LAPD Face Test in DNC Convention

U.S. District Judge Gary Feess said the protesters would “suffer irreparable injury from loss of their First Amendment rights” and ordered a new security plan for the convention. A new plan has been drafted and is being presented to the judge this week, said Lt. Horace Frank, an LAPD spokesman.

Greater Challenges Ahead “It makes things a whole lot more challenging. Much, much more challenging,” Frank said.

But attorneys for those with an agenda that they want to promote before the Democratic delegates said distrust of the police department runs deep.

“If the LAPD could declare all of downtown as a no-free-speech zone, they would,” said Dan Tokaji, an ACLU attorney who handled the suit. “We are very worried about mass sweeps and arrests of innocent protesters, especially at the beginning of the convention.”

But for its part, the LAPD says it is doing the best it can to handle the situation. Frank said the the Lakers game melee was a different situation than police will face at the convention. Security at the Democratic event, he said, could only be likened to preparation for the 1984 summer Olympics.

The main concerns are to protect the safety of 4 million people who live and work in the city, to ensure the convention goes on as planned and to allow for the activists’ First Amendment rights, Frank said.

Frank disputed assertions that morale is low among the 9,200 sworn employees. Even the growing scandal at the Rampart division, situated just north of downtown in an area rich with recent immigrants, does not weigh on the LAPD rank and file.

“If anything, it gives them more impetus to go out and do what they are sworn to do,” said Frank, who is the department’s media point man for the convention.

Where Have You Gone Joe Friday?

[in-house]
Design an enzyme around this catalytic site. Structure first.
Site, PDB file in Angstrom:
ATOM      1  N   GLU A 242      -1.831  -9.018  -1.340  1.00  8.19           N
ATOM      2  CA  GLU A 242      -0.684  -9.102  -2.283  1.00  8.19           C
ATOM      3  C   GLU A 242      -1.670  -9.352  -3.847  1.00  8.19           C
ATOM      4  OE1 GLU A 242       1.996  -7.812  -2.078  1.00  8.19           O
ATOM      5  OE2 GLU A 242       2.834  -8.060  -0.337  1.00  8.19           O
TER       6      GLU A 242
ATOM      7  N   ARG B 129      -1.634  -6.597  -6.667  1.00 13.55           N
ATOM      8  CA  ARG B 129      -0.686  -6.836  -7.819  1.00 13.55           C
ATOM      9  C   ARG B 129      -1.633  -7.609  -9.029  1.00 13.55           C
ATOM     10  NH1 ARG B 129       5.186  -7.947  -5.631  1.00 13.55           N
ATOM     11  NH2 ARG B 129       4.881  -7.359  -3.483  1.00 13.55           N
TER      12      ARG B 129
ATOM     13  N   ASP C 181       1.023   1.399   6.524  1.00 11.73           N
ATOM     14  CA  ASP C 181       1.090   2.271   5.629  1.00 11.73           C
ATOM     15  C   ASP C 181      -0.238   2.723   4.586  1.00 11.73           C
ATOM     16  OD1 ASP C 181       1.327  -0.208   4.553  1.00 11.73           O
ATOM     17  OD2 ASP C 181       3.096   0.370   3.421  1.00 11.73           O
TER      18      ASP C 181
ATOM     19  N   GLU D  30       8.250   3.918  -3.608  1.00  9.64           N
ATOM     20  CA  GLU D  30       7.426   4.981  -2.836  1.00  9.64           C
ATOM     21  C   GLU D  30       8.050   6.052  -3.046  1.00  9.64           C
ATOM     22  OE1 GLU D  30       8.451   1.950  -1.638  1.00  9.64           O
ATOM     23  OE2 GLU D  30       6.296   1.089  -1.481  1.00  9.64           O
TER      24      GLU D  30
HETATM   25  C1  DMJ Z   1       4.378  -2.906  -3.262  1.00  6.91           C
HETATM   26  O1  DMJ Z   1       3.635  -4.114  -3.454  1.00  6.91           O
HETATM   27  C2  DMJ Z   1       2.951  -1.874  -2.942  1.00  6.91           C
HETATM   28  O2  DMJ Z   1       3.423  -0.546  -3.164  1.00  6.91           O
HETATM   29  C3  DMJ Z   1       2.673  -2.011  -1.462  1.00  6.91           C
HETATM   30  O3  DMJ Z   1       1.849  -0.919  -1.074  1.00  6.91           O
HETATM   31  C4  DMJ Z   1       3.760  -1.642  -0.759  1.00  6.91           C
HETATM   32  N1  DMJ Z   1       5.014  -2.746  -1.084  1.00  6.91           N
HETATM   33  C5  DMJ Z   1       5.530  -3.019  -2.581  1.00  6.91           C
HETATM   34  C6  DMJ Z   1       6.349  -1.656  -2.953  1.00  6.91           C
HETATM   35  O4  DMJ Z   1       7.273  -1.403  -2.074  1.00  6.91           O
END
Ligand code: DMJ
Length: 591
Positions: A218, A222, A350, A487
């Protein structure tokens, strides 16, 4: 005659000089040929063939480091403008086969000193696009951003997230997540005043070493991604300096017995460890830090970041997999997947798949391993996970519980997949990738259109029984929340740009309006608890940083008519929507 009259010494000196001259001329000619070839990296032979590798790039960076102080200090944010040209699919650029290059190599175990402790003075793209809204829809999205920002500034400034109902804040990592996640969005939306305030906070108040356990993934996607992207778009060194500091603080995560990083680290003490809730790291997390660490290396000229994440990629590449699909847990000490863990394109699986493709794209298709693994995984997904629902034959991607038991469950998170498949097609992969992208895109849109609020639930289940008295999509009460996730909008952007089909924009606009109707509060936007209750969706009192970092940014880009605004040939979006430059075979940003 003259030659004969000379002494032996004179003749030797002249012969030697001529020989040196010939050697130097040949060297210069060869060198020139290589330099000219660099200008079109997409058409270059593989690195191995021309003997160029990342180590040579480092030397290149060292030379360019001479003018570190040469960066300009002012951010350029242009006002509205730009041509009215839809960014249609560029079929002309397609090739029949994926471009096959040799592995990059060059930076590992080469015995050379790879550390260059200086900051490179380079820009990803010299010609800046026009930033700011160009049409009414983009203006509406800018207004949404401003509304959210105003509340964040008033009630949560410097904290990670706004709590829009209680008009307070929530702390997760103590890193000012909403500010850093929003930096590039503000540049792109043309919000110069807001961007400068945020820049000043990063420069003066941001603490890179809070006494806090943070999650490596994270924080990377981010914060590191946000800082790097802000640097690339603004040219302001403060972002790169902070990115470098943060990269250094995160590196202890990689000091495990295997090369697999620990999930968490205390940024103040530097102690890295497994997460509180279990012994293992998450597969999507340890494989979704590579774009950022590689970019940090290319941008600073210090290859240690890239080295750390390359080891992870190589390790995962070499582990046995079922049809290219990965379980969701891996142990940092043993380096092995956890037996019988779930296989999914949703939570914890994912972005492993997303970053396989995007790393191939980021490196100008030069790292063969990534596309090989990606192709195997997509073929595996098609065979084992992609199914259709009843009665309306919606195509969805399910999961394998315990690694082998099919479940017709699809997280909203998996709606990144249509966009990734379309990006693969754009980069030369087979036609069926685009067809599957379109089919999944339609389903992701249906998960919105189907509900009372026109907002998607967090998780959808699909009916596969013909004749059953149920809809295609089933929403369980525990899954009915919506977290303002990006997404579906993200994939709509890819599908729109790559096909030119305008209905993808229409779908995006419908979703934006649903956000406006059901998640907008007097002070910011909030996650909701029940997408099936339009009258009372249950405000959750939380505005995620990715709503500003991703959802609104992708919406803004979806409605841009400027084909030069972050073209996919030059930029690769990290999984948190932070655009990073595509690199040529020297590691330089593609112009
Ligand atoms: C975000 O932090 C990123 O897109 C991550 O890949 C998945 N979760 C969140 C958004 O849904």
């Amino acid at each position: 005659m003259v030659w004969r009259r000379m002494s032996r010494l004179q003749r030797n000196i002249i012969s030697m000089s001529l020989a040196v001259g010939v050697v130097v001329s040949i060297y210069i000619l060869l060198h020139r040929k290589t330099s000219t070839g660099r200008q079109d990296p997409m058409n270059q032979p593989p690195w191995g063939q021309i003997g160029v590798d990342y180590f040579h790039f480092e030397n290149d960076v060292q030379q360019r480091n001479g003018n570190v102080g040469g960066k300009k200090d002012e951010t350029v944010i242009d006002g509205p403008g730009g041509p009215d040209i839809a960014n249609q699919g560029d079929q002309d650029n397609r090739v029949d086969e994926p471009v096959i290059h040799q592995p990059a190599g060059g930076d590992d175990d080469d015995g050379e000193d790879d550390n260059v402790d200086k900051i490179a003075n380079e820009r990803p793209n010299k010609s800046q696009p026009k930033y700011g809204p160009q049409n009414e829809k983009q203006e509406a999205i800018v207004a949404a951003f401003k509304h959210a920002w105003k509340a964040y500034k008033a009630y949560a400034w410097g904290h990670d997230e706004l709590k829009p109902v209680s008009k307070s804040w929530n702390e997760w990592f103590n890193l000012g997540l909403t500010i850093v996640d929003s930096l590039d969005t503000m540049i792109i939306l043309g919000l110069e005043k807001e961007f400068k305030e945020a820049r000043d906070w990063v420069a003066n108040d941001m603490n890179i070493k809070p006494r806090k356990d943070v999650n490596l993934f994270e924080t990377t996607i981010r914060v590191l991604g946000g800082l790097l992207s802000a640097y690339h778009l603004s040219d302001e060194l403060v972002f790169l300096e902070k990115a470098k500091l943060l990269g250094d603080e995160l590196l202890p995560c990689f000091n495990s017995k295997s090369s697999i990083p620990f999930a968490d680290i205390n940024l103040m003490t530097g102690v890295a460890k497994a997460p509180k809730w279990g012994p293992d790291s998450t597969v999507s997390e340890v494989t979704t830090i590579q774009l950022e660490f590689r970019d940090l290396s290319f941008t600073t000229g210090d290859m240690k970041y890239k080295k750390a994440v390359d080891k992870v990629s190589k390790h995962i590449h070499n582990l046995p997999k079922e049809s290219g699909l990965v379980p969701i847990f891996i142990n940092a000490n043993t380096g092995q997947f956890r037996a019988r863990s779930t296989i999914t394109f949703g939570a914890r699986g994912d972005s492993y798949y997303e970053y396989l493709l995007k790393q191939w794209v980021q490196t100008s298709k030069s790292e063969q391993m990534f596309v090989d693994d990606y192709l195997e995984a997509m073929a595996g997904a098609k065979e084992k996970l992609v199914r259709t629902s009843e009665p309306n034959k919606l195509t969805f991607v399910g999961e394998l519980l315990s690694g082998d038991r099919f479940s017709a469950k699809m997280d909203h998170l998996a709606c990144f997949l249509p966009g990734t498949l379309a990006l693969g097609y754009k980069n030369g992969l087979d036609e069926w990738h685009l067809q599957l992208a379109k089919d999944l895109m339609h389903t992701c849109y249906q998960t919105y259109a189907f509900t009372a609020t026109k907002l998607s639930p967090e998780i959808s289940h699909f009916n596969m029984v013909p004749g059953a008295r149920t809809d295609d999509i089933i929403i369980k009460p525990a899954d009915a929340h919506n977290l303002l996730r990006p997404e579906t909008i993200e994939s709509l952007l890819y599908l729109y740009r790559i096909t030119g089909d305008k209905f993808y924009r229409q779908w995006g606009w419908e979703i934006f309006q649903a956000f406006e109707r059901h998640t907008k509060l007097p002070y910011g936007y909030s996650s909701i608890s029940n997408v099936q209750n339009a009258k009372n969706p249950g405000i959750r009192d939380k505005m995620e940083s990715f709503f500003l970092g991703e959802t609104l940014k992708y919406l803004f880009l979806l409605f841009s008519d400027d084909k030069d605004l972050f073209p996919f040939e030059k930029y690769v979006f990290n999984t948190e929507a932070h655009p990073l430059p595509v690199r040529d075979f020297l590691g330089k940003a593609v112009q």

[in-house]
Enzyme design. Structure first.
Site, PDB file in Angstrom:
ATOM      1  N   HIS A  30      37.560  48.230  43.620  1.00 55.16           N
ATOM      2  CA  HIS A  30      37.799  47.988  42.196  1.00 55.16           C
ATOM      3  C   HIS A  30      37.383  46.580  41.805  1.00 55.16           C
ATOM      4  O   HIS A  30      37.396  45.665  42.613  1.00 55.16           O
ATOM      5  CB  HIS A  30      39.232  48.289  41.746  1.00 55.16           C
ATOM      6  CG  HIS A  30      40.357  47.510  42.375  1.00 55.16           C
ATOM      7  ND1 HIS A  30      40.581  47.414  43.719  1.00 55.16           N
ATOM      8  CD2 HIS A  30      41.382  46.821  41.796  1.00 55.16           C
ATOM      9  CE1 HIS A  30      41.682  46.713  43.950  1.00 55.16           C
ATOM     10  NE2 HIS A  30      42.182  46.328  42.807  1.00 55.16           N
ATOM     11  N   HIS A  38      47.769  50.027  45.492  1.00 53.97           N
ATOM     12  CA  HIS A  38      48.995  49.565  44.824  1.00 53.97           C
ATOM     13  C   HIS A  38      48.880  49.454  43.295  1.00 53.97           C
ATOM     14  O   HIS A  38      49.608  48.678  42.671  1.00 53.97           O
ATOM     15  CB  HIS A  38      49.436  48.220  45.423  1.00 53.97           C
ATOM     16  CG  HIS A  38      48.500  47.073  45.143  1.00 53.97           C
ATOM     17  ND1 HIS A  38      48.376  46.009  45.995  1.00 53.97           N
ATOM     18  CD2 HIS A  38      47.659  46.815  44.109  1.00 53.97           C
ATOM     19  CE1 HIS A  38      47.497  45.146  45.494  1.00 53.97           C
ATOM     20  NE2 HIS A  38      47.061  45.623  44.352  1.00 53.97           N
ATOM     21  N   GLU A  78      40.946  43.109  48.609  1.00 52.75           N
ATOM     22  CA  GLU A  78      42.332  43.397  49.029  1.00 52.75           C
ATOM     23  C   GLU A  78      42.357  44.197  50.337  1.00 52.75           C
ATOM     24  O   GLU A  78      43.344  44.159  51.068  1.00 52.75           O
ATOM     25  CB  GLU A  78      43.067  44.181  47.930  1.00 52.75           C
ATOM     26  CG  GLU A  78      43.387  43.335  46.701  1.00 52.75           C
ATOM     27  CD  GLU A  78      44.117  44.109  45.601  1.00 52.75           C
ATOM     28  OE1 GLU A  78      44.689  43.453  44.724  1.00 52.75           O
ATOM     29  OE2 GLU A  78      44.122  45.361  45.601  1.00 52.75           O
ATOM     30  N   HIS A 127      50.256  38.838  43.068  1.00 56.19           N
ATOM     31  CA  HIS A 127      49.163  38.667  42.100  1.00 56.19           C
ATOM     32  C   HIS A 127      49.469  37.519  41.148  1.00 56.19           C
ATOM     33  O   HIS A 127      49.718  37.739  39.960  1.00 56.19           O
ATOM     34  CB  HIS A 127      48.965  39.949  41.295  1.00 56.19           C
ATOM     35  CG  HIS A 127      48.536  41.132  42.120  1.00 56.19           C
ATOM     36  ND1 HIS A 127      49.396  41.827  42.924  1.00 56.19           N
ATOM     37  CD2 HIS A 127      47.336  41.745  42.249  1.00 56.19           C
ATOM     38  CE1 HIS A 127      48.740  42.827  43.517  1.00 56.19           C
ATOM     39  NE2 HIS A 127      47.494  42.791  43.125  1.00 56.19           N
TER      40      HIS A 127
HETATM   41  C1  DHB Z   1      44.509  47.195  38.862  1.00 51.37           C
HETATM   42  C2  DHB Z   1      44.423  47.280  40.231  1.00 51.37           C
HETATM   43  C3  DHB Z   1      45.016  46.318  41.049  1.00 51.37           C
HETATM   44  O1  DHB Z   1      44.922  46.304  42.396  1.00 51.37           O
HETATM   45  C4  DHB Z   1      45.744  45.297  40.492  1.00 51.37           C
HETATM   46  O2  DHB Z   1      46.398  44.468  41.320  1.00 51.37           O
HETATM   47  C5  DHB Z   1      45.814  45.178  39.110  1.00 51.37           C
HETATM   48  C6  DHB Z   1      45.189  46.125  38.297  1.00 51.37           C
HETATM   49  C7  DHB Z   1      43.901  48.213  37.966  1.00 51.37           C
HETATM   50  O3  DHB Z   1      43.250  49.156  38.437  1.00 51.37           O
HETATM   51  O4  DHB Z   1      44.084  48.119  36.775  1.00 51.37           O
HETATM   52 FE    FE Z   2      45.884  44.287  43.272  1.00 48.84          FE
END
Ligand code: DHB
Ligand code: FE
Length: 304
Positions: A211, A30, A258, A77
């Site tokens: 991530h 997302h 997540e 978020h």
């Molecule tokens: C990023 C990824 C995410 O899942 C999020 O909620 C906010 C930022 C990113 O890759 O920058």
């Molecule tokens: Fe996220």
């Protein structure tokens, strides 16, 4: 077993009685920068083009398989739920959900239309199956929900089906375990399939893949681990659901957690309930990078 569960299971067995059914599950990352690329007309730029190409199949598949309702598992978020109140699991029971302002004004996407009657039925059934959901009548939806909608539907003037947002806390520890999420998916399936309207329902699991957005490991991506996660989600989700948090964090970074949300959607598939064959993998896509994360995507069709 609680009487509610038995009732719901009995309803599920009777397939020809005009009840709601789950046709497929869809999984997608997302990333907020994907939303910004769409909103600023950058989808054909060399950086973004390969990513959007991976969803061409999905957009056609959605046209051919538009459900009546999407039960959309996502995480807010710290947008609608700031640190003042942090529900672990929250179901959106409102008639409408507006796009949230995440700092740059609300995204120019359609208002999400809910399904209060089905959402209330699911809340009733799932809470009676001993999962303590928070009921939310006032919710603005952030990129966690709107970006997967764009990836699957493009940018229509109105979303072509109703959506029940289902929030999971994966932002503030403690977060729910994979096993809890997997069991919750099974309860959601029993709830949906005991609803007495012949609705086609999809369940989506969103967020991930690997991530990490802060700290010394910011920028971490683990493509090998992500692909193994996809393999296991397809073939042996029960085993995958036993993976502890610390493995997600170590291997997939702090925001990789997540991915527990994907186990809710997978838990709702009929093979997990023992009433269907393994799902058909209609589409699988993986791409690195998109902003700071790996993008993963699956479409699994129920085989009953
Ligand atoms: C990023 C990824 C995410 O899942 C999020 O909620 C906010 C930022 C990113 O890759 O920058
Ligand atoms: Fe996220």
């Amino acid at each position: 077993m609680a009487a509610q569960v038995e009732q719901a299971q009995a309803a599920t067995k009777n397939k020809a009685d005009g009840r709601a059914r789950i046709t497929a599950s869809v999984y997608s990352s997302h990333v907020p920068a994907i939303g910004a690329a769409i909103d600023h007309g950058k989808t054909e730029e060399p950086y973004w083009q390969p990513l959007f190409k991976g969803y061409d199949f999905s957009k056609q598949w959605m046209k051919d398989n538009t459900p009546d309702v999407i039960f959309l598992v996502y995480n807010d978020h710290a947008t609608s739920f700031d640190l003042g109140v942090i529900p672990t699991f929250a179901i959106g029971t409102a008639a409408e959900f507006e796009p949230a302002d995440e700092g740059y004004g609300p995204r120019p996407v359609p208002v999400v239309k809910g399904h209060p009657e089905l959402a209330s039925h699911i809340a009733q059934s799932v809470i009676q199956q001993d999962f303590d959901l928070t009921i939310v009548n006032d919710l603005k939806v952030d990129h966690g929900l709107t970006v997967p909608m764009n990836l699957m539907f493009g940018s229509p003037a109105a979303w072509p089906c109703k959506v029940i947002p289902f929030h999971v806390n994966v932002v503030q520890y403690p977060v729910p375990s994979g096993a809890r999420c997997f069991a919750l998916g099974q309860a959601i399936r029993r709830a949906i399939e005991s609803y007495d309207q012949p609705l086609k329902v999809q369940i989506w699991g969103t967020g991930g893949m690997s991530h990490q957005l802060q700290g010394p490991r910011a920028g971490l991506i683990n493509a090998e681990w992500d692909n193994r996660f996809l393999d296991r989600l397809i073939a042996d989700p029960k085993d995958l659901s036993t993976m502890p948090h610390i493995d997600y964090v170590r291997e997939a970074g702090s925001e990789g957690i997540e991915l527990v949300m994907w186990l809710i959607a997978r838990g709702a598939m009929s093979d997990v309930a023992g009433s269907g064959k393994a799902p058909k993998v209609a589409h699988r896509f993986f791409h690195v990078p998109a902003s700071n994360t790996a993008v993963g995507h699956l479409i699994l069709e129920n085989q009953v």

Long past are the days of Dragnet and the legendary cop Joe Friday who insisted on “Just the facts, ma’am.” The images of the clean-cut, polite and helpful police officer in the City of Angeles eventually gave way to the real-life pictures of the beating of African-American motorist Rodney King by a group of white police officers.

After the riots, controversial police chief Daryl Gates retired in 1992. Among the final criticisms vaulted his way was that he did not have a plan in place anticipating anger over the verdict clearing the Rodney King police of wrong doing and that he waited too long to quell the mass looting, arson and assaults that were all televised around the world after the verdict.

In the 1990s, the department spent its resources on “community policing” to help heal the wounds of the videotaped beating of Rodney King and the riots that ensued after the officers on the tape were cleared of all charges.

“There was a sense that things were getting better,” Jeffe said.

In August 1998, former LAPD officer Rafael Perez was arrested on suspicion of stealing cocaine from the police Rampart property room. He subsequently implicated other officers, including four who face charges. About 70 officers are under investigation. So far, a total of 85 cases have been overturned as a result of the Rampart probe, according to the Los Angeles County’s District Attorney’s Office, which is investigating all the charges.

“There’s a great deal more distrust of the LAPD around Los Angeles, especially among people of color. That is largely a result of the still unfolding scandal, starting at Rampart,” Tokaji said. “We’ve seen a return to the days of Daryl Gates under Chief Parks.”

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